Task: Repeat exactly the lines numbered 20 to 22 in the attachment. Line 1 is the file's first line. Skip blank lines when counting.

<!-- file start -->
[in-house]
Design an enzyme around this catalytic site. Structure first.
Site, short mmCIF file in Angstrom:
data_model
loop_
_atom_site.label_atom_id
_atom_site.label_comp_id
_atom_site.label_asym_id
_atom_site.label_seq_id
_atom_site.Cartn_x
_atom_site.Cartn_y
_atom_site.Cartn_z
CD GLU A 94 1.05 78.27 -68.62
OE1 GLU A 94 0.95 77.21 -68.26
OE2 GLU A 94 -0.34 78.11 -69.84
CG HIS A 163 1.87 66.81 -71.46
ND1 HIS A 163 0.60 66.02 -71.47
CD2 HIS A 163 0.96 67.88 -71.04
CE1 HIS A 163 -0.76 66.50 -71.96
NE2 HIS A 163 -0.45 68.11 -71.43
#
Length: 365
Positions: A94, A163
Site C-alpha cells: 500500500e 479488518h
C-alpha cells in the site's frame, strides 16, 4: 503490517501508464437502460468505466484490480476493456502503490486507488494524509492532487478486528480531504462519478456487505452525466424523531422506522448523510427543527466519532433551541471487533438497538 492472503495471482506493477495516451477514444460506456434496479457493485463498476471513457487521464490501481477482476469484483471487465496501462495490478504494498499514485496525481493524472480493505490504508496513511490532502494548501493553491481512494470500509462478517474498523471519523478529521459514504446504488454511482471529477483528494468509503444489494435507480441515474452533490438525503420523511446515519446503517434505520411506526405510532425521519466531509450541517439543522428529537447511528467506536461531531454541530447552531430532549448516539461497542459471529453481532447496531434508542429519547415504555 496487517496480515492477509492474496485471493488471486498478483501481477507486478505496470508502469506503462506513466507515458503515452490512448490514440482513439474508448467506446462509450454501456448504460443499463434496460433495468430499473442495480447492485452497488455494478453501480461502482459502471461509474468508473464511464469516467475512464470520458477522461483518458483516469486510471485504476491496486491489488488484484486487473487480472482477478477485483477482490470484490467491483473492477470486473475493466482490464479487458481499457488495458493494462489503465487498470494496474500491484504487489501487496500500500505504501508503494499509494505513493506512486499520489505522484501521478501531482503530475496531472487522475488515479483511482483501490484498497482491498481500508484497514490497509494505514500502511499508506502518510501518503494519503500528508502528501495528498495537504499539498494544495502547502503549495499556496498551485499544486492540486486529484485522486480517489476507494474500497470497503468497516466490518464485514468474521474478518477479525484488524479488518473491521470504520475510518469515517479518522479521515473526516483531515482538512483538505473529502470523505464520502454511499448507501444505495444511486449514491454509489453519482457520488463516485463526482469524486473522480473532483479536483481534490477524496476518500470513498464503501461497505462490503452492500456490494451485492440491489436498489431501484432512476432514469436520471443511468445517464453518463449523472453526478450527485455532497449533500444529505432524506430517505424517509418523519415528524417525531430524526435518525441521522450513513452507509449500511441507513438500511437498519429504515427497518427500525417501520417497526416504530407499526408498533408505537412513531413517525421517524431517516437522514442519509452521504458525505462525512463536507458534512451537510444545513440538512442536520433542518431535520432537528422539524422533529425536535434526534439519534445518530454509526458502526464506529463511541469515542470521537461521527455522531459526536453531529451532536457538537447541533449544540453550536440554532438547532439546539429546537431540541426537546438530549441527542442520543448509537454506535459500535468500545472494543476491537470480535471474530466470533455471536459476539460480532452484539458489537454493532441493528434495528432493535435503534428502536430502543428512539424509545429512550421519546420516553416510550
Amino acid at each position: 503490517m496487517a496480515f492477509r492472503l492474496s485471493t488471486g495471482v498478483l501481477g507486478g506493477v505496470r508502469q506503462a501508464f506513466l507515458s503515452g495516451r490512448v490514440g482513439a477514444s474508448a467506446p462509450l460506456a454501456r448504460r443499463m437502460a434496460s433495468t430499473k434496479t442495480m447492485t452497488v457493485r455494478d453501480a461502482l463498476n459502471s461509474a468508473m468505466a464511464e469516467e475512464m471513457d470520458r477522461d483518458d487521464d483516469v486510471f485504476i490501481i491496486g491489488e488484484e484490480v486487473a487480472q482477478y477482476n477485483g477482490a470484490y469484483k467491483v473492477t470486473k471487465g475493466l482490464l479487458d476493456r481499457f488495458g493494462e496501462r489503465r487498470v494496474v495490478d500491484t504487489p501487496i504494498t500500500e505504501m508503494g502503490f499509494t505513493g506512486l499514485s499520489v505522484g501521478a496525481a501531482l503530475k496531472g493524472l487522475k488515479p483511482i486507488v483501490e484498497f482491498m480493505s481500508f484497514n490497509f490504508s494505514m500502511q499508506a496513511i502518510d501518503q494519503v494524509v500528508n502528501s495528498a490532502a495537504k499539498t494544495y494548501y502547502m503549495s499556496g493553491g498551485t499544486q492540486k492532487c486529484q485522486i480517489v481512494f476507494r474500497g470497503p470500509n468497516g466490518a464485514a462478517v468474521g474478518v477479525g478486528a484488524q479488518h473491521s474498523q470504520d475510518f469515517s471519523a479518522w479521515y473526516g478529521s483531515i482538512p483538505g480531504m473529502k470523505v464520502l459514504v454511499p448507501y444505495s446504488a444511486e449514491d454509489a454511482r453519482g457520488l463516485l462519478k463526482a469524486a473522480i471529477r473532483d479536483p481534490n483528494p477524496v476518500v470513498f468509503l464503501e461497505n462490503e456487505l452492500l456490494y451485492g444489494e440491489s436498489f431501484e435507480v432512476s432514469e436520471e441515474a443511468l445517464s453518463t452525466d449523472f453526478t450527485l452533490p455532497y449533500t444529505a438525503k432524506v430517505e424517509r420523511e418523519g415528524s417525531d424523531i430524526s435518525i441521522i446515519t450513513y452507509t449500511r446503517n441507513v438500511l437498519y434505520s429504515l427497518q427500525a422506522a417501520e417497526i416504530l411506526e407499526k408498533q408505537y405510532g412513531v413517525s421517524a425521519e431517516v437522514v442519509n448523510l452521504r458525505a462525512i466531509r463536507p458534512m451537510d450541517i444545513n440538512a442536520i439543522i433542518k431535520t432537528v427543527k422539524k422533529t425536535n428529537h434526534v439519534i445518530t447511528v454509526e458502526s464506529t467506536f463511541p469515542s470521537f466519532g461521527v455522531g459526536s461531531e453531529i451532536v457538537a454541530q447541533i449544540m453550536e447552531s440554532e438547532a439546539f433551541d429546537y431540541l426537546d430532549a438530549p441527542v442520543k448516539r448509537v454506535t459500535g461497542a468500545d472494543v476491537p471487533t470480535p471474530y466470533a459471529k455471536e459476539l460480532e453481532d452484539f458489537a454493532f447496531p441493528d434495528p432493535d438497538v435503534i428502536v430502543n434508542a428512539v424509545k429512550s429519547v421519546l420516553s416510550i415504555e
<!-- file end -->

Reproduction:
NE2 HIS A 163 -0.45 68.11 -71.43
#
Length: 365